Many decisions are based on beliefs concerning the likelihood of uncertain events such as the outcome of an election, the guilt of a defendant, or the future value of the dollar. Occasionally, beliefs concerning uncertain events are expressed in numerical form as odds or subjective probabilities. In general, the heuristics are quite useful, but sometimes they lead to severe and systematic errors. The subjective assessment of probability resembles the subjective assessment of physical quantities such as distance or size. These judgments are all based on data of limited validity, which are processed according to heuristic rules. However, the reliance on this rule leads to systematic errors in the estimation of distance. This chapter describes three heuristics that are employed in making judgments under uncertainty. The first is representativeness, which is usually employed when people are asked to judge the probability that an object or event belongs to a class or event. The second is the availability of instances or scenarios, which is often employed when people are asked to assess the frequency of a class or the plausibility of a particular development, and the third is adjustment from an anchor, which is usually employed in numerical prediction when a relevant value is available.
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The role of conversational processes in quantitative judgment is addressed. In three studies, precise numbers (e.g., $29.75) had a stronger influence on subsequent estimates than round numbers (e.g., $30), but only when they were presented by a human communicator whose contributions could be assumed to observe the Gricean maxims of cooperative conversational conduct. Numeric precision exerted no influence when the numbers were presented as the result of an automated procedure that lacks communicative intent (Study 1) or when the level of precision was pragmatically irrelevant for the estimation task (Study 2). (c) 2013 Elsevier Inc. All rights reserved.
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The authors describe a method for the quantitative study of anchoring effects in estimation tasks. A calibration group provides estimates of a set of uncertain quantities. Subjects in the anchored condition first judge whether a specified number (the anchor) is higher or lower than the true value before estimating each quantity. The anchors are set at predetermined percentiles of the distribution of estimates in the calibration group (15th and 85th percentiles in this study). This procedure permits the transformation of anchored estimates into percentiles in the calibration group, allows pooling of results across problems, and provides a natural measure of the size of the effect. The authors illustrate the method by a demonstration that the initial judgment of the anchor is susceptible to an anchoring-like bias and by an analysis of the relation between anchoring and subjective confidence.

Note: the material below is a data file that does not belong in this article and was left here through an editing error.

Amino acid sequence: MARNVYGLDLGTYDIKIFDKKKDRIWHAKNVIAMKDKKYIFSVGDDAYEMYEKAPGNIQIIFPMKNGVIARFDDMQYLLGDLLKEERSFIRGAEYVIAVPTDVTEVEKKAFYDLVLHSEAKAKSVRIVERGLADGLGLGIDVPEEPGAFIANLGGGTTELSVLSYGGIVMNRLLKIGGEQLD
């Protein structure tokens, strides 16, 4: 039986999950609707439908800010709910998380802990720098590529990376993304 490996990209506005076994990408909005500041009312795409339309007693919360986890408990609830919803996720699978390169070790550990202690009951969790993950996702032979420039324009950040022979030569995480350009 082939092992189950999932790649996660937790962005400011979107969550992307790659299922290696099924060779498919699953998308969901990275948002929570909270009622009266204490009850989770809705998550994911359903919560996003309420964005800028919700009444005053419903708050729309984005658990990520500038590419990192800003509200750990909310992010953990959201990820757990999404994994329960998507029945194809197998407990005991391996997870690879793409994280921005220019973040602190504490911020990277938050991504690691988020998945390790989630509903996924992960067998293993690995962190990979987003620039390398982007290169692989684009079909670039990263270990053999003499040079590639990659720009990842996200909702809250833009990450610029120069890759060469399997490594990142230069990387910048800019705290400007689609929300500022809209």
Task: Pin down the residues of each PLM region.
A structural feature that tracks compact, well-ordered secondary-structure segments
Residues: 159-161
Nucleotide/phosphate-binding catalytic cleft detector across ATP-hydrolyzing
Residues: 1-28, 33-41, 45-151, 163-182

Article
This article described three heuristics that are employed in making judgements under uncertainty: (i) representativeness, which is usually employed when people are asked to judge the probability that an object or event A belongs to class or process B; (ii) availability of instances or scenarios, which is often employed when people are asked to assess the frequency of a class or the plausibility of a particular development; and (iii) adjustment from an anchor, which is usually employed in numerical prediction when a relevant value is available. These heuristics are highly economical and usually effective, but they lead to systematic and predictable errors. A better understanding of these heuristics and of the biases to which they lead could improve judgements and decisions in situations of uncertainty.
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This article reviews a diverse set of proposals for dual processing in higher cognition within largely disconnected literatures in cognitive and social psychology. All these theories have in common the distinction between cognitive processes that are fast, automatic, and unconscious and those that are slow, deliberative, and conscious. A number of authors have recently suggested that there may be two architecturally (and evolutionarily) distinct cognitive systems underlying these dual-process accounts. However, it emerges that (a) there are multiple kinds of implicit processes described by different theorists and (b) not all of the proposed attributes of the two kinds of processing can be sensibly mapped on to two systems as currently conceived. It is suggested that while some dual-process theories are concerned with parallel competing processes involving explicit and implicit knowledge systems, others are concerned with the influence of preconscious processes that contextualize and shape deliberative reasoning and decision-making.
Reverse-engineering resource-efficient algorithms